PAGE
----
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RESTAURANT REVIEW: Dumpling Inn

The 10 tables at Dumpling Inn are almost always full.
The 10 tables at Dumpling Inn are almost always full.
Photo by Brandon Hernandez

My love affair with beer is anything but a covert affair. It all started 14 years ago when some friends of mine invited me to one of San Diego’s most storied craft beer bars, O’Brien’s Pub in Kearny Mesa. To this day, that’s still my favorite spot in town after a busy week and kick back with a few friends and a few brews. While I’m a fan of OB’s garlic fries (which, like the good memories of time well wasted with drinking buddies, stay with me well into the next day), ever since the first time I stumbled out of OB, I’ve consistently meandered Frogger-style across Convoy to a most delicious detox spot for dinner. That sacred safe harbor is Dumpling Inn, a long-tenured Chinese restaurant with affordable prices and, above all, delicious dishes packed with intense flavors.

They don’t have a website and they don’t need one thanks to a stout legion of loyal patrons such as myself who keep coming back for dishes like a most delicious hot and sour soup. It doesn't smack you in the face with bracing acidity or with blow-your-head-off spice. In fact, the subtlety of flavors in this soup is what makes it better than the standard, too hot/too sour versions of this classic. You can actually taste the broth-plumped sponge-like mushrooms, a bonus considering how often tasteless or overshadowed ‘shrooms serve as little more than textural garnish in the culinary world. Dumpling Inn’s hot and sour is more an earthy canvas for diners to mold to their personal tastes with the vinegar, chili oil and chili paste on the condiment carousel centerpiece. It’s an exercise that’s both fun and tasty. I personally love kicking up the Skoville reading and, by the time I’m done, my bowl typically looks like a crimson tofu massacre.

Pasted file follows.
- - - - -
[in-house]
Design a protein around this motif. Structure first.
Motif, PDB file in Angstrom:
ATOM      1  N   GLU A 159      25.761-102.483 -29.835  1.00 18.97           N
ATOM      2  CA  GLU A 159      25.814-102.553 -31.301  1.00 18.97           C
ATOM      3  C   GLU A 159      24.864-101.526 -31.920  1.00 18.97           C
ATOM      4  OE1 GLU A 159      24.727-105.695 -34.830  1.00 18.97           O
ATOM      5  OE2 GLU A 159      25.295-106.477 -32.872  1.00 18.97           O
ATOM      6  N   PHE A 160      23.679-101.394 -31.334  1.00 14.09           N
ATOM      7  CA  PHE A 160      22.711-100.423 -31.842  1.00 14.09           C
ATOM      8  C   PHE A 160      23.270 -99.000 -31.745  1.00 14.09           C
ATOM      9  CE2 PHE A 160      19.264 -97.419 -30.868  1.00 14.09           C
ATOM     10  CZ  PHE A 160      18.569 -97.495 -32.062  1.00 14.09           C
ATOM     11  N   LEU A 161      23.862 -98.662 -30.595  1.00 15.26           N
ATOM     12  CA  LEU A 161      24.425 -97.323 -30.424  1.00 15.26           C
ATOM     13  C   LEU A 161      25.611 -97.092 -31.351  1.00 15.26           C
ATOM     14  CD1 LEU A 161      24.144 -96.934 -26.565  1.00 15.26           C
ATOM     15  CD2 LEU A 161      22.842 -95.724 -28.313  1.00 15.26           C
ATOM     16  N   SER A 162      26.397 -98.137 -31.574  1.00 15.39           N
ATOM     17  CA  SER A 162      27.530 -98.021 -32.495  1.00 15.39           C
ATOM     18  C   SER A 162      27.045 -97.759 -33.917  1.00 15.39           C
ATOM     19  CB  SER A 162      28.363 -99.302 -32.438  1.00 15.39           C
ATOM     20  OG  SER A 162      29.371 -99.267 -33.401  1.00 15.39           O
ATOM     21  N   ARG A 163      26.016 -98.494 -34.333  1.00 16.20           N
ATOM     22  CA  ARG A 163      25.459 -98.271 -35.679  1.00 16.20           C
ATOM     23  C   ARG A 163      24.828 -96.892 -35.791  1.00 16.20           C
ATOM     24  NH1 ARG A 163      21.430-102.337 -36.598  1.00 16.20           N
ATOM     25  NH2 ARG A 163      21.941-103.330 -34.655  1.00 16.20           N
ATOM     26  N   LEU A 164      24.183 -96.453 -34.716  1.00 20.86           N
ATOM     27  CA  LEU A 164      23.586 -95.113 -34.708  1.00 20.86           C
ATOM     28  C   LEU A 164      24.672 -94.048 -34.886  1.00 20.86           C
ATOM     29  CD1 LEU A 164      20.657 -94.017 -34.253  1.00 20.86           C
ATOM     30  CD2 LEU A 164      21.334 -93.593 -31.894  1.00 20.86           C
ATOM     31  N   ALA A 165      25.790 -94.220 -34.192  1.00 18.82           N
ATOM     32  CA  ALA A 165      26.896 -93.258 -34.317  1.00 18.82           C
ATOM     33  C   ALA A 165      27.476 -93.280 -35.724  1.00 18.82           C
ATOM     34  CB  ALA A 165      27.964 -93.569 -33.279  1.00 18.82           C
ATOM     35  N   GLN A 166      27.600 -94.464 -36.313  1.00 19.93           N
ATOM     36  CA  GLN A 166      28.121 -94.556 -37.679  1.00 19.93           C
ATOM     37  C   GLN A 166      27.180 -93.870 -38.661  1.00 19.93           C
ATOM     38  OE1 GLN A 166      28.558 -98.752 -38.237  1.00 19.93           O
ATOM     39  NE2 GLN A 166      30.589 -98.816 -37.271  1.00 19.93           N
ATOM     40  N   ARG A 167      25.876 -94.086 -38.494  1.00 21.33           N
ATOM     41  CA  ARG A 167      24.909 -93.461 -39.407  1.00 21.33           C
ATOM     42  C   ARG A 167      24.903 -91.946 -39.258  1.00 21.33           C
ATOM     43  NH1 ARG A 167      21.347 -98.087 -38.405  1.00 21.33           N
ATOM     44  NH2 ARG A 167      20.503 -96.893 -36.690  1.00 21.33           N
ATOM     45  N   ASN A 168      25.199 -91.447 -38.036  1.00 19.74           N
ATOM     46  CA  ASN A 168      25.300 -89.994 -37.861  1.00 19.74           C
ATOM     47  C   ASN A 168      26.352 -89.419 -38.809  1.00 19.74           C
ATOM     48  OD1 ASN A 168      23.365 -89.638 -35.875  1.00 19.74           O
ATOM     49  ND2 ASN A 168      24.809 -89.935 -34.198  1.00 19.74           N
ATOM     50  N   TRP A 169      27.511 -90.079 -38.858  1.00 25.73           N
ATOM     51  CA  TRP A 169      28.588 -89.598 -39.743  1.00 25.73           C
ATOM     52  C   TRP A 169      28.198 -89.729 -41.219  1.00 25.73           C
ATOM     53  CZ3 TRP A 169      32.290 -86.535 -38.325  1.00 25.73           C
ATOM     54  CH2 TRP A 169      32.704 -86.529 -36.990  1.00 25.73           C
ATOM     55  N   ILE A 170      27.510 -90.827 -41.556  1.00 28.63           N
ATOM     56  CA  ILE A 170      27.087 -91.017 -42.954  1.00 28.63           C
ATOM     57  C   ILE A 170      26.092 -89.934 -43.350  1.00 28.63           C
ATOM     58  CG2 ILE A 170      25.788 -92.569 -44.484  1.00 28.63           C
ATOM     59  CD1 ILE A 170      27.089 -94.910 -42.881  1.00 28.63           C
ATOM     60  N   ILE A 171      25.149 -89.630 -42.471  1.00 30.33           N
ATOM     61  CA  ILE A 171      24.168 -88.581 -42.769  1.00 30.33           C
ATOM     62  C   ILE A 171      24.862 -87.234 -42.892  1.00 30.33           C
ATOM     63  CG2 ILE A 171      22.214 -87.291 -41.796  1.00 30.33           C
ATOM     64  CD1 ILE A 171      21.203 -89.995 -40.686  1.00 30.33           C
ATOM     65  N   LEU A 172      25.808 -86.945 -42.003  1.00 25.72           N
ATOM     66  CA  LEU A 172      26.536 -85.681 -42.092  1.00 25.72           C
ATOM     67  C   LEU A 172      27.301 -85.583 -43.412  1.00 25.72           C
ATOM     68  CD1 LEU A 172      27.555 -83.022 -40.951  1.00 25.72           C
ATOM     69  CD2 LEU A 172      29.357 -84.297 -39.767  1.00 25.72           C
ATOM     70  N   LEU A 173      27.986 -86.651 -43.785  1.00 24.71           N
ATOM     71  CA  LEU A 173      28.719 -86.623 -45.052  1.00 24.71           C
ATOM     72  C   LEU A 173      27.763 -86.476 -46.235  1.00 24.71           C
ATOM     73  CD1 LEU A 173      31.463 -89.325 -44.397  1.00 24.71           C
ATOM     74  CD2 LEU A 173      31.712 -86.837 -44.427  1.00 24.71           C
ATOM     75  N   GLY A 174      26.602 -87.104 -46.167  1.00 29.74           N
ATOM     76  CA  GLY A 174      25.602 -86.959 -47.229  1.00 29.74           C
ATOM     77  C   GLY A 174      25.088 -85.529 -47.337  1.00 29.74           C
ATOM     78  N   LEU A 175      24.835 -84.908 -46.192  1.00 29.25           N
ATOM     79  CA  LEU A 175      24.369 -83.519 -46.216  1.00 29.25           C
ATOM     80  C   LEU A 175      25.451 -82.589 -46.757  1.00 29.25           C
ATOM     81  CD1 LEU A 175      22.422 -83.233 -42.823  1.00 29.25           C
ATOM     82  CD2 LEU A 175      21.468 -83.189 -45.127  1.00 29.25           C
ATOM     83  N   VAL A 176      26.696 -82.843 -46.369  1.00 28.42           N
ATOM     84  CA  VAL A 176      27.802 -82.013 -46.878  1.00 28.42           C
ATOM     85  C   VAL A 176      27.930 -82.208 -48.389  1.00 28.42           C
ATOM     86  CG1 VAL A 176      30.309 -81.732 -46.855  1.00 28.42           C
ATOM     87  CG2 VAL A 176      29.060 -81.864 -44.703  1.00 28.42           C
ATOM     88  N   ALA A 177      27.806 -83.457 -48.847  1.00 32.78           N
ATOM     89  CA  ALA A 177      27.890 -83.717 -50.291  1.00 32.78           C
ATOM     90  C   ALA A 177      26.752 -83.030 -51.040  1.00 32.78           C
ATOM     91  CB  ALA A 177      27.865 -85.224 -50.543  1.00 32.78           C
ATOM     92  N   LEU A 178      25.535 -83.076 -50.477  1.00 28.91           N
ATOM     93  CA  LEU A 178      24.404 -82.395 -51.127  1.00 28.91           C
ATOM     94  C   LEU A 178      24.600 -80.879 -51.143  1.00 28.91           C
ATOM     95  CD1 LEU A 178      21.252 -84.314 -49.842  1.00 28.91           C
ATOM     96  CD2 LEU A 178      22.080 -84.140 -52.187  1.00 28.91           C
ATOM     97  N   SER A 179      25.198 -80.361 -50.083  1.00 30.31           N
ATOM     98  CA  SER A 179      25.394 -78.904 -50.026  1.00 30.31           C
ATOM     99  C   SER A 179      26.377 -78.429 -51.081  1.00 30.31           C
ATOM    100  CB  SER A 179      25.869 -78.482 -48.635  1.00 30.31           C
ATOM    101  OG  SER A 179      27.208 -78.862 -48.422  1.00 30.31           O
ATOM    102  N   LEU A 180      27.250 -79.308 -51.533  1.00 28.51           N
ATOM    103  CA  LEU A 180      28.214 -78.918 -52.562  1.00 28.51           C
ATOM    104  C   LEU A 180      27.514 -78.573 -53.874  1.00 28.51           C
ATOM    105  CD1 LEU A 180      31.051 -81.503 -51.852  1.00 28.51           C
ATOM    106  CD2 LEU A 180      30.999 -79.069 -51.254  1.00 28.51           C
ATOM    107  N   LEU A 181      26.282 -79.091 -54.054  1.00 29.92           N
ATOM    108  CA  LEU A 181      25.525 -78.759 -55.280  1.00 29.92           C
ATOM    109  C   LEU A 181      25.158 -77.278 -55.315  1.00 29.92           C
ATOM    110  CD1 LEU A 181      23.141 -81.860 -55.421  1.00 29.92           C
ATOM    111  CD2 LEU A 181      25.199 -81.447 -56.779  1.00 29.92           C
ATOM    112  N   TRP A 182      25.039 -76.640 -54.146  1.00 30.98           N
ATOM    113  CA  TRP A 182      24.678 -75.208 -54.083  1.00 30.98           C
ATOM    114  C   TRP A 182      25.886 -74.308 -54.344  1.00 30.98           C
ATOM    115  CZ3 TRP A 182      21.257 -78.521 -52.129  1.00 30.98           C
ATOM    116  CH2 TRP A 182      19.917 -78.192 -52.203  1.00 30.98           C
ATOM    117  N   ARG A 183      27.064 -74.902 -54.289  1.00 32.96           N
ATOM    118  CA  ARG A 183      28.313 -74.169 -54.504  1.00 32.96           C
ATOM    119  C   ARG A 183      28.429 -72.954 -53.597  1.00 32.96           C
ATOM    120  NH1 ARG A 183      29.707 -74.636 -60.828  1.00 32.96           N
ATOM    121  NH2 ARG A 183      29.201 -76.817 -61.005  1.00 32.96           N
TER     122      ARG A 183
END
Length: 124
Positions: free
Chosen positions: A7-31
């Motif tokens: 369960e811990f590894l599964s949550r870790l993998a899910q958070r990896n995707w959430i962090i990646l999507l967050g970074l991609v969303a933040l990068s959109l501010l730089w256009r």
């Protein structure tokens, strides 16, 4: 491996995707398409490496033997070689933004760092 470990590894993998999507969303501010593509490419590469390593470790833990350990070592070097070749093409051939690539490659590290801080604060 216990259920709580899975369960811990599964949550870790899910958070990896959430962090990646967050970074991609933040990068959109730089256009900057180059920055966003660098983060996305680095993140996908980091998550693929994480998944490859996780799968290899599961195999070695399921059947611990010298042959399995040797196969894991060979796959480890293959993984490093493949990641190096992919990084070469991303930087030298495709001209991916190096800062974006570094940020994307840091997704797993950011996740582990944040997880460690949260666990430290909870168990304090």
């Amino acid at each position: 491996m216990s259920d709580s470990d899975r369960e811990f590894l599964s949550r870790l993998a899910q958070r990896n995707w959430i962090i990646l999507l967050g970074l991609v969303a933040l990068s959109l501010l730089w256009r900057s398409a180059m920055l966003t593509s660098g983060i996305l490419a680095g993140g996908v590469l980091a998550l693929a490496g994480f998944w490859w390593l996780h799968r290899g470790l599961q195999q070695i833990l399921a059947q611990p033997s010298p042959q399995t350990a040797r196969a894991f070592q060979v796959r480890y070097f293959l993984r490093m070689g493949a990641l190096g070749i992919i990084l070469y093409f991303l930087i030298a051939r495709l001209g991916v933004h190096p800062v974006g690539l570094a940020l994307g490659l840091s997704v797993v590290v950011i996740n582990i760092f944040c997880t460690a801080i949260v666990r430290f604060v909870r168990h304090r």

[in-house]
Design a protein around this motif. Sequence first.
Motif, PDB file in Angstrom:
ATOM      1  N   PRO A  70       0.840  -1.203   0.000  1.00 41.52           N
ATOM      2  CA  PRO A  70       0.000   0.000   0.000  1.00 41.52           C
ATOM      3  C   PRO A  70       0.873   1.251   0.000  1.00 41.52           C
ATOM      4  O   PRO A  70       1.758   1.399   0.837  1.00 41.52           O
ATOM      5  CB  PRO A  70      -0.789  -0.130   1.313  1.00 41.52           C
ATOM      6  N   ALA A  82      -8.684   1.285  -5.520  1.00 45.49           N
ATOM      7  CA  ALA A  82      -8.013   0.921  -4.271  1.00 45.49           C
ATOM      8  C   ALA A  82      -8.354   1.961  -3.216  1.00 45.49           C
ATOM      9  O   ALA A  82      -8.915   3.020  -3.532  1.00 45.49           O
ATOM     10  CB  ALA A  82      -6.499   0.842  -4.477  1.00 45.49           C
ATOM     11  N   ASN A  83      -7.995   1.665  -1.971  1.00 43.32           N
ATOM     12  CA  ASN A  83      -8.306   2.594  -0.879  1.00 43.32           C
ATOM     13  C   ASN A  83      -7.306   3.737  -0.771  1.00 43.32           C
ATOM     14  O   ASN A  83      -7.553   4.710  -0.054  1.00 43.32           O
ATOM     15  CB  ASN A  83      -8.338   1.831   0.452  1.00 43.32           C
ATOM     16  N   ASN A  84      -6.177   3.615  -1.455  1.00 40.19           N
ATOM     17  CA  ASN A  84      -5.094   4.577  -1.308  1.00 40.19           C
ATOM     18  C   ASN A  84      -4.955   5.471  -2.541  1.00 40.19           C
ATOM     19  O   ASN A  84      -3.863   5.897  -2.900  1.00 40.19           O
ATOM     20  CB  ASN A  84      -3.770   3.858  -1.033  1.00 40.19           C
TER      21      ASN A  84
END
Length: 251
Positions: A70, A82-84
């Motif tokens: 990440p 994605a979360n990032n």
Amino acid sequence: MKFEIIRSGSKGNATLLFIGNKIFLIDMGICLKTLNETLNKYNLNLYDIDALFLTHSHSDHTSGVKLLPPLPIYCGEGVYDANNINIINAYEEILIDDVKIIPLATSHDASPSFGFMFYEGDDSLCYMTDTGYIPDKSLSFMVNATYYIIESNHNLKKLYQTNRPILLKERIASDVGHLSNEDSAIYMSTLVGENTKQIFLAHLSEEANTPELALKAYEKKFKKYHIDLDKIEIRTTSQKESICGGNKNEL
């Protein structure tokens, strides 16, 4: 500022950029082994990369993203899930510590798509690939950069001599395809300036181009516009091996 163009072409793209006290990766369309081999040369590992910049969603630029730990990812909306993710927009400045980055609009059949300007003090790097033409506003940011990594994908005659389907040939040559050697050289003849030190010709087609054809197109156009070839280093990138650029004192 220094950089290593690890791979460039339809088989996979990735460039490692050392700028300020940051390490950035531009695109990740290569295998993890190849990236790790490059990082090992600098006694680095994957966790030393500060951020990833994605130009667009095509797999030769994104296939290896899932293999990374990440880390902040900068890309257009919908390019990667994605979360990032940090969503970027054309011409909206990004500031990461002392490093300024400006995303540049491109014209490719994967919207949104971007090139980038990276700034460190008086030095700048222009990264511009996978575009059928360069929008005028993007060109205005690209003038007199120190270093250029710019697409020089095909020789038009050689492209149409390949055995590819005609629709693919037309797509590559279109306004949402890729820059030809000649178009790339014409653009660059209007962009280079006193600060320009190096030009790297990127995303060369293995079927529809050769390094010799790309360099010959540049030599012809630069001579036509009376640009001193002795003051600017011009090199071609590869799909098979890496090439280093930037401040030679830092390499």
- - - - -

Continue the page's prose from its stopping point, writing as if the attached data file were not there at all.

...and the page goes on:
I almost hate to say it, but the dumplings at Dumpling Inn are probably my least favorite item on the extensive menu. Don't get me wrong, they're great for what they are and patrons love these little pork- and shrimp-stuffed pillows. To me, they’re a bit dry and crave condiments, something supplementary to moisten them up and enhance their flavor. Think about it. When's the last time you ate shrimp with no sauce or pork without at least a bit of jus to moisten it up? Having those meats wrapped in what is essentially pasta dough leaves one longing for something more. You can always resort to the aforementioned carousel, which also includes soy sauce, and that would be just fine, but I’ve come up with a much better alternative that’s every bit as effective. I cut the dumplings in half and submerge them in that heavenly hot and sour soup, then wait a minute or so and pluck them out with my chopsticks. Of course, if you’re all about plain dumplings or nothing at all, try out one of the steamed varieties or head to Dragon’s Den in the East Village, a spot owned by the same individual behind Dumpling Inn that offers similar varieties of dumplings featuring dough with better texture and flavor as well as fillings that are more aggressively seasoned.